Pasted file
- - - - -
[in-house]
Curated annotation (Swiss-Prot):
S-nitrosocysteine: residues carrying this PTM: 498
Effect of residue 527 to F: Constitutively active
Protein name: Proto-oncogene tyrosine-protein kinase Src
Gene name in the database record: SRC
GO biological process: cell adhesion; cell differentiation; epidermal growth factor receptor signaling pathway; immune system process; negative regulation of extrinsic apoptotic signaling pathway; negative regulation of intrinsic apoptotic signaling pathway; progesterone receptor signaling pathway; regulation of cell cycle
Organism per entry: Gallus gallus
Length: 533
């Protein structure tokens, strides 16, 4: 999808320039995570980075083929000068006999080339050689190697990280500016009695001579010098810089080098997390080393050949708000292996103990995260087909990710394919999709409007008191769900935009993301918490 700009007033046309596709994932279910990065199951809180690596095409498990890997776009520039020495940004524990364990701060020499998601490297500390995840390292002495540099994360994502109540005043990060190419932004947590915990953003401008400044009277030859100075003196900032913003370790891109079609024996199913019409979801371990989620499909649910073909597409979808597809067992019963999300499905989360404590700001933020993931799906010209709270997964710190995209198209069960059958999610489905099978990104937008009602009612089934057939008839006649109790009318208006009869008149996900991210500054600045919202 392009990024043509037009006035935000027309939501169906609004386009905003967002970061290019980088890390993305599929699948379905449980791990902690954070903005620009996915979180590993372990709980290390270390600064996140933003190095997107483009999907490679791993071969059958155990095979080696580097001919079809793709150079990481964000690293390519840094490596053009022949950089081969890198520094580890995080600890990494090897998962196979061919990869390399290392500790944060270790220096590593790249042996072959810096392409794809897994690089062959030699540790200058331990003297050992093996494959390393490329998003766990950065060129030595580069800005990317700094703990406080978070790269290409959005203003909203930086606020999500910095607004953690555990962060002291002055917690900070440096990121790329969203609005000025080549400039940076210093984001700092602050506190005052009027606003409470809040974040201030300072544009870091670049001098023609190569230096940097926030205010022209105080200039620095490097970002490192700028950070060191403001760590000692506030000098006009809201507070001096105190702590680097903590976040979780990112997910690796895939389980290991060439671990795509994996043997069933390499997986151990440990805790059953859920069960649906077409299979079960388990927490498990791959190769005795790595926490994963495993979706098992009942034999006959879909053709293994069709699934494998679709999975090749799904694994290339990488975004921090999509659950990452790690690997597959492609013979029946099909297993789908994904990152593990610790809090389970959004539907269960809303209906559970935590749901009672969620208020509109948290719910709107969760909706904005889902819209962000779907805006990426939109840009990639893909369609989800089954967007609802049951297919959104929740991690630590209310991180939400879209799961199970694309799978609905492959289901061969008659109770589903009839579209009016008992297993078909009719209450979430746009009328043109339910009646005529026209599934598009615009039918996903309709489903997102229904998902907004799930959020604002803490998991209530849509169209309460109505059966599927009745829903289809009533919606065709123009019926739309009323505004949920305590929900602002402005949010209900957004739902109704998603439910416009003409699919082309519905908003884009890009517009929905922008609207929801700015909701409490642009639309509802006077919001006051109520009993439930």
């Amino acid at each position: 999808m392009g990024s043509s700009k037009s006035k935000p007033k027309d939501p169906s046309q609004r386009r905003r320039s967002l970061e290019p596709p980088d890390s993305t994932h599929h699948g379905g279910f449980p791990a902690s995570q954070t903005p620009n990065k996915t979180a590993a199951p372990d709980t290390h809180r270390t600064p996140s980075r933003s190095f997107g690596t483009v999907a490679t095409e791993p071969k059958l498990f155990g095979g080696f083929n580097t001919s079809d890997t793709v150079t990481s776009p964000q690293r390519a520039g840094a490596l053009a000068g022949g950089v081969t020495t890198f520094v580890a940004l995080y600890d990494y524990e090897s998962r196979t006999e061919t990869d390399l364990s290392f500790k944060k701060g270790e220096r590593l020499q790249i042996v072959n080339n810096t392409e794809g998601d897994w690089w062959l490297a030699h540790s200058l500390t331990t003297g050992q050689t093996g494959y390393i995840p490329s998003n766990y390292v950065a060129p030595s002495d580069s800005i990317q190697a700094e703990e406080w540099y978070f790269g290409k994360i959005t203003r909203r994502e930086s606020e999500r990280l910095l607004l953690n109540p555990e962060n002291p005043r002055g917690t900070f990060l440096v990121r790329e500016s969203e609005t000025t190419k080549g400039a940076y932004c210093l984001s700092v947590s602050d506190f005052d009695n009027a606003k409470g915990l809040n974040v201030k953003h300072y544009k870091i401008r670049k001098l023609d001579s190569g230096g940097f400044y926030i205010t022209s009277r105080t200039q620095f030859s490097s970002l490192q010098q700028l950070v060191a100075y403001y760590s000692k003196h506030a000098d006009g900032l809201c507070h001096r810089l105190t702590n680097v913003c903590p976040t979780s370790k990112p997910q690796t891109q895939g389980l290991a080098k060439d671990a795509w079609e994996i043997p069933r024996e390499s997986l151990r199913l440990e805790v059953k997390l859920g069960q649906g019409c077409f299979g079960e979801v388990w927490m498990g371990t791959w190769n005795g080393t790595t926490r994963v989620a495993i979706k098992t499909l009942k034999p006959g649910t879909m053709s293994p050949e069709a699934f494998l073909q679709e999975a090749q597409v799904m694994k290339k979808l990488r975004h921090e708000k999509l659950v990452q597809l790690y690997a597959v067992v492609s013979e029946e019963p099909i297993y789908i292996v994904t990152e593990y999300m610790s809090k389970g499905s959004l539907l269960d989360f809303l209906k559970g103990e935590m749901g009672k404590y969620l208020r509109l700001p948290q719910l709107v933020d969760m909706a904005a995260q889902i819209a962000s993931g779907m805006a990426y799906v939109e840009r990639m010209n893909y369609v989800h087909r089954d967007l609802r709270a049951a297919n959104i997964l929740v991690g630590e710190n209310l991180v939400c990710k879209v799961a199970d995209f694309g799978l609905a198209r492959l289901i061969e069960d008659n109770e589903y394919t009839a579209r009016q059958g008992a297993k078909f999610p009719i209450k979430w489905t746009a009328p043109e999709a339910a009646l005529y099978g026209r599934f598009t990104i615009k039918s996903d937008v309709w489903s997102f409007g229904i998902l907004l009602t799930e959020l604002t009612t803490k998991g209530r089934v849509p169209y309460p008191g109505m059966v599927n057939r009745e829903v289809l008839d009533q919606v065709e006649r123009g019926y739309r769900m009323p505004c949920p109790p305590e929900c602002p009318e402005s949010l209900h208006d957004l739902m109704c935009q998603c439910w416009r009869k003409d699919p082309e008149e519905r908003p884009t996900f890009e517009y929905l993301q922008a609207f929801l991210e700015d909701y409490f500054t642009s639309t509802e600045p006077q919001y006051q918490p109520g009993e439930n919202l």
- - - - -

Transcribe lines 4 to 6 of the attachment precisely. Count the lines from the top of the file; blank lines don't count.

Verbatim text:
Effect of residue 527 to F: Constitutively active
Protein name: Proto-oncogene tyrosine-protein kinase Src
Gene name in the database record: SRC